Israel Study Tour - Cornerstone

Jan 2-12, 2017

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Within Eyesight!

Today, we toured the Shephelah, the hilly country of southern Israel between the Judean mountains and the coastal plain. We visited the site of the ancient (and modern) city of Beth-Shemesh which overlooks the valley of Sorek, where the majority of Samson's story took place.

Our tour guide pointed out Zorah (Samson's village) and Timnah (the Philistine village where he found his wife). The two towns were only a couple miles apart, just down the road and across the valley from each other, well within eyesight.

Beth Shemesh

A border city between Judah and Dan, Beth Shemesh was given to the Levites. Beth Shemesh was the most important Israelite city in the Sorek Valley as it watched both east-west traffic through the Sorek Valley and north-south traffic along the “Diagonal Route.” Recent excavations have shown a thriving city here from the Middle Bronze Age through the Iron II period.

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One of the great things about visiting the Holy Land is that these scenes in Scripture come to life. The next time I read the story of Samson, I'll picture the valley where it happened.
--Andrew Winter

Timna Valley

The Timna Valley is located 15 miles (25 km) north of Eilat (Elath). It is not mentioned in the Bible but was used for copper mining during the biblical period. (The Timnah in Judges 14 is located further north.) The valley of Timna is 35 square miles (90 sq km) with high mountains (1600-2300 ft; 500-700 m) on all sides except in the east. Mount Timna in the center rises 1486 feet (453 m) above the surrounding valley. The valley is drained by four wadis.

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Clouds scatter the sky above us. The sun peeks through, making spotlights on tels and valleys. Stepping off the bus, we walk up a steep, paved path that turns into carved chalk steps. It still feels humid from the rain earlier today. We look up and see tall brick walls and carved limestone upon rocky hills. Long grass grows between the boulders that ascend up to the ancient ruins of Lachish. Our tour guide, Judah (pronounced Ya-Who-Dah), made the “ch” harsh in his thick accent making it sound more like Lah-Heesh. We continue up the ramp on the side of the fort. It takes a sharp turn right before the entry that makes it easier to defend. We walk up onto a giant plateau and can see for miles around us. Jerusalem is to the left. Rolling hills, covered in residual fog, are in front of us. The coastal plains are behind us. We imagine how Hezekiah’s armies protected themselves from the Assyrians here and later on how the Jews fell to the Babylonians here.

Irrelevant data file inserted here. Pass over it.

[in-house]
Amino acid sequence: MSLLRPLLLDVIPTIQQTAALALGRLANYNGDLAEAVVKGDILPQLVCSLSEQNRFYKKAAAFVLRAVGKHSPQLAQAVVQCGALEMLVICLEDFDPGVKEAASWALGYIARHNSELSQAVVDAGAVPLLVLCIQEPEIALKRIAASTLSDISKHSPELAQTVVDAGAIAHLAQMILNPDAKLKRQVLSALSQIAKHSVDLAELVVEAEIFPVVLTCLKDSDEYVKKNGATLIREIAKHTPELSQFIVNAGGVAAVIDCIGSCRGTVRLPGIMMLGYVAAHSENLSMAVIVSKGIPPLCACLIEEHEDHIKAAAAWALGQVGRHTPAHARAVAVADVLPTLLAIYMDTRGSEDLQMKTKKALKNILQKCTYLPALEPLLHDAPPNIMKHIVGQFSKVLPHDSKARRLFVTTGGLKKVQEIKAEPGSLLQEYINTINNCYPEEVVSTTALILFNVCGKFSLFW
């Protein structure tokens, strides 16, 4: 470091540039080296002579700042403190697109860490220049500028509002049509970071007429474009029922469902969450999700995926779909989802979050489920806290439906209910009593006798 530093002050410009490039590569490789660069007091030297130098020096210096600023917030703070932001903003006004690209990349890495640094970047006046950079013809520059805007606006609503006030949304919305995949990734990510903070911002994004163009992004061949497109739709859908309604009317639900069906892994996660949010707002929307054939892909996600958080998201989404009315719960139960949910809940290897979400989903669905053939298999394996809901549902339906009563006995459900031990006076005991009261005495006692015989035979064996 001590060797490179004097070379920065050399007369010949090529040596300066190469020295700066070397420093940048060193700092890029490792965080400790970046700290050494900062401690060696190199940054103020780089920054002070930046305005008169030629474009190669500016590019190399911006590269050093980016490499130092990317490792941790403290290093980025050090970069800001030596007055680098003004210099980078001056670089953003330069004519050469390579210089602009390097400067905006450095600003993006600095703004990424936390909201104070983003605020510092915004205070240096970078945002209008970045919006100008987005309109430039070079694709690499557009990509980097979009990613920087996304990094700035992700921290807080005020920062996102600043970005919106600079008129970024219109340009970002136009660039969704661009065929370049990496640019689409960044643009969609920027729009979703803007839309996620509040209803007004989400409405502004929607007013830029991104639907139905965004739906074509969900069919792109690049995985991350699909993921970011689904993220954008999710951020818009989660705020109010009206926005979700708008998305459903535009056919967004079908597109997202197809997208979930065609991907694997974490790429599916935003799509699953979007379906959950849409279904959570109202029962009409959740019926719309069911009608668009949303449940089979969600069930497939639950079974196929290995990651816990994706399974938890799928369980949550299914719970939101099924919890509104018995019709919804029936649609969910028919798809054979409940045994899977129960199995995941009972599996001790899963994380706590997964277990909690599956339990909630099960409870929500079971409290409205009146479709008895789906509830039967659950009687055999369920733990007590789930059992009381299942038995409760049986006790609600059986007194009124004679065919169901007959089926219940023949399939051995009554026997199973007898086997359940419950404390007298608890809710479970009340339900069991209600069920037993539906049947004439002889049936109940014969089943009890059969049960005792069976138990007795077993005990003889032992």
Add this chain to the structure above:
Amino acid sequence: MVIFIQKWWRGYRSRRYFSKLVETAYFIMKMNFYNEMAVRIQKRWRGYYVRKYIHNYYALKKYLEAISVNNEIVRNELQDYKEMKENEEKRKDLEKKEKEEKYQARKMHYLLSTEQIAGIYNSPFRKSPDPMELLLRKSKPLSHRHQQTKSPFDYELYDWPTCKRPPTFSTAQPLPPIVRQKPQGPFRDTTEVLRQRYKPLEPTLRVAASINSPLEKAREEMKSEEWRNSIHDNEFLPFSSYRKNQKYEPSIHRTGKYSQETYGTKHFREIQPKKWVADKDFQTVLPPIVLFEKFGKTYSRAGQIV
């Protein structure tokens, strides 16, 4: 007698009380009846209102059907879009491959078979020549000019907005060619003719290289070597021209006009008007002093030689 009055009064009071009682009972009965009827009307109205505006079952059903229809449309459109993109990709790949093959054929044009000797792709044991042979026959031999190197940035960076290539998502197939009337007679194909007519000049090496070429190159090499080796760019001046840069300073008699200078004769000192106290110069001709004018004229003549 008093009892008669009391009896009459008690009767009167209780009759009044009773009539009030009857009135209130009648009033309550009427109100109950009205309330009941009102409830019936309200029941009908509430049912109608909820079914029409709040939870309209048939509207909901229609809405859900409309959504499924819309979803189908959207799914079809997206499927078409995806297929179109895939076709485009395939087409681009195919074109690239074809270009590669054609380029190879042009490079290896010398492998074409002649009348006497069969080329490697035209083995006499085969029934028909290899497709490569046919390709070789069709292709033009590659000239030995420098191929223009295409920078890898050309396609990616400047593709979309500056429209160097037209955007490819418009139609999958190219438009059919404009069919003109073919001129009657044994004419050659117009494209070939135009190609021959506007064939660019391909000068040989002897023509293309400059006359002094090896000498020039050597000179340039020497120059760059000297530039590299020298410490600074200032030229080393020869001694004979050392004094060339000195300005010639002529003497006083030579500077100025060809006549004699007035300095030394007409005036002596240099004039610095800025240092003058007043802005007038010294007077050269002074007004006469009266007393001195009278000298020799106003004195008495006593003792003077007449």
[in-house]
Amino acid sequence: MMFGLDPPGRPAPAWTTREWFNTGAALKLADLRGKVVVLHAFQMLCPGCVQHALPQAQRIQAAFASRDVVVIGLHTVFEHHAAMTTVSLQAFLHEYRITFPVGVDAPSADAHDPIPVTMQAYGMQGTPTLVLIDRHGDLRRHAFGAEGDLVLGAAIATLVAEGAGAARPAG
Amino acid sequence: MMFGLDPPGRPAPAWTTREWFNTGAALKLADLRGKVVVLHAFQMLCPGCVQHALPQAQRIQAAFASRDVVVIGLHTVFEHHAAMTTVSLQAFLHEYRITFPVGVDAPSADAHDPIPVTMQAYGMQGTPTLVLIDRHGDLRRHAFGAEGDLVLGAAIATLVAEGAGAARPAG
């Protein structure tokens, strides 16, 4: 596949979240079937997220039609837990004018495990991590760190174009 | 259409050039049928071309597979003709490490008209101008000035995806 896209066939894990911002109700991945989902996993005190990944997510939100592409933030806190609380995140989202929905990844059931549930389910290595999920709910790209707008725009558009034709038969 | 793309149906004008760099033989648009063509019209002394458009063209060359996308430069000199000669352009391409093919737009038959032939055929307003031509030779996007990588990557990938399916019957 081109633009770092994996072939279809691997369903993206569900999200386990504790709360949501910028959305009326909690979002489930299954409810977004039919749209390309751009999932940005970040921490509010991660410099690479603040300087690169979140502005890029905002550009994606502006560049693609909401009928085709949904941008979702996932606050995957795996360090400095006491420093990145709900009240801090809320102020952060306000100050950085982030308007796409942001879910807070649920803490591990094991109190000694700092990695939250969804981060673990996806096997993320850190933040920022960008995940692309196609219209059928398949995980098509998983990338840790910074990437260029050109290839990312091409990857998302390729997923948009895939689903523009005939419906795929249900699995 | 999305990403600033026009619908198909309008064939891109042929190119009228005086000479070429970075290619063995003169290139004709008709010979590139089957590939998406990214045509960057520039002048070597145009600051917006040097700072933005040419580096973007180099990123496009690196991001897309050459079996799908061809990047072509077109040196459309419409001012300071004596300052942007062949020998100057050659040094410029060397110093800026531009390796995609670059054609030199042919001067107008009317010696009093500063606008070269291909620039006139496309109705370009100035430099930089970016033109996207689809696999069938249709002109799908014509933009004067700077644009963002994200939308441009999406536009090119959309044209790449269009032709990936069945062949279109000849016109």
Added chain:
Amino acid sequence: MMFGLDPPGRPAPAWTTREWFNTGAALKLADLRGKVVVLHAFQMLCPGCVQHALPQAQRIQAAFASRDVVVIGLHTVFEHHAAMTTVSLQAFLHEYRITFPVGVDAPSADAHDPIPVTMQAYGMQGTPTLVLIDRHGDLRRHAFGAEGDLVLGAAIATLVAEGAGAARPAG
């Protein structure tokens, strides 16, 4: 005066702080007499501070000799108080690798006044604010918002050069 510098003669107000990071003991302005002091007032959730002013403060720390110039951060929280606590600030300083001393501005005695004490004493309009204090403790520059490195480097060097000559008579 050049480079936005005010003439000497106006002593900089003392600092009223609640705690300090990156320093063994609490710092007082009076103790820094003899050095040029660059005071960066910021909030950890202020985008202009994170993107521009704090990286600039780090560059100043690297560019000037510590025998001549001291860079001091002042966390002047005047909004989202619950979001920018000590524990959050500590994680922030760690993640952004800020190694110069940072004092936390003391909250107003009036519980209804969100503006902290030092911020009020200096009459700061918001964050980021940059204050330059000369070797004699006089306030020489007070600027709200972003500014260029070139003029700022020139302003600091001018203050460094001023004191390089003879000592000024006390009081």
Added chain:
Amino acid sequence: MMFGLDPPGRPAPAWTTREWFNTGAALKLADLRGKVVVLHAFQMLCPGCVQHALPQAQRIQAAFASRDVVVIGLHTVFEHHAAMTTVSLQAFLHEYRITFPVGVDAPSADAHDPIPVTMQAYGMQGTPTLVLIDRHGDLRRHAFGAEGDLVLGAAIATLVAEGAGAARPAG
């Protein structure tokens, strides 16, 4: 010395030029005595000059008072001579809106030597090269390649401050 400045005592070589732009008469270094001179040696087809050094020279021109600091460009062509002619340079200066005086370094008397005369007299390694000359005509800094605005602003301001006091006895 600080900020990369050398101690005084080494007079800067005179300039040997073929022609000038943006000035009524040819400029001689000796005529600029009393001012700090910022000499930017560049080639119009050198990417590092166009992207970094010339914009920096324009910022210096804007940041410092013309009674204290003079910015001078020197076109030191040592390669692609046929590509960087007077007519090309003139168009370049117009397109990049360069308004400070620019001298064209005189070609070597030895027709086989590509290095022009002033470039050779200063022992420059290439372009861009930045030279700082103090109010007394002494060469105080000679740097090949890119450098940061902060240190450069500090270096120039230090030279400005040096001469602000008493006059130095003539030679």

--SJ Winter

Lachish

Identified first as Lachish by Albright in 1929, the tell was excavated by James Leslie Starkey 1932-38 and by Tel Aviv University 1973-87.

Lachish is generally regarded as the second most important city in the southern kingdom of Judah. It enters the biblical narrative in the battle accounts of Joshua, Sennacherib and Nebuchadnezzar.

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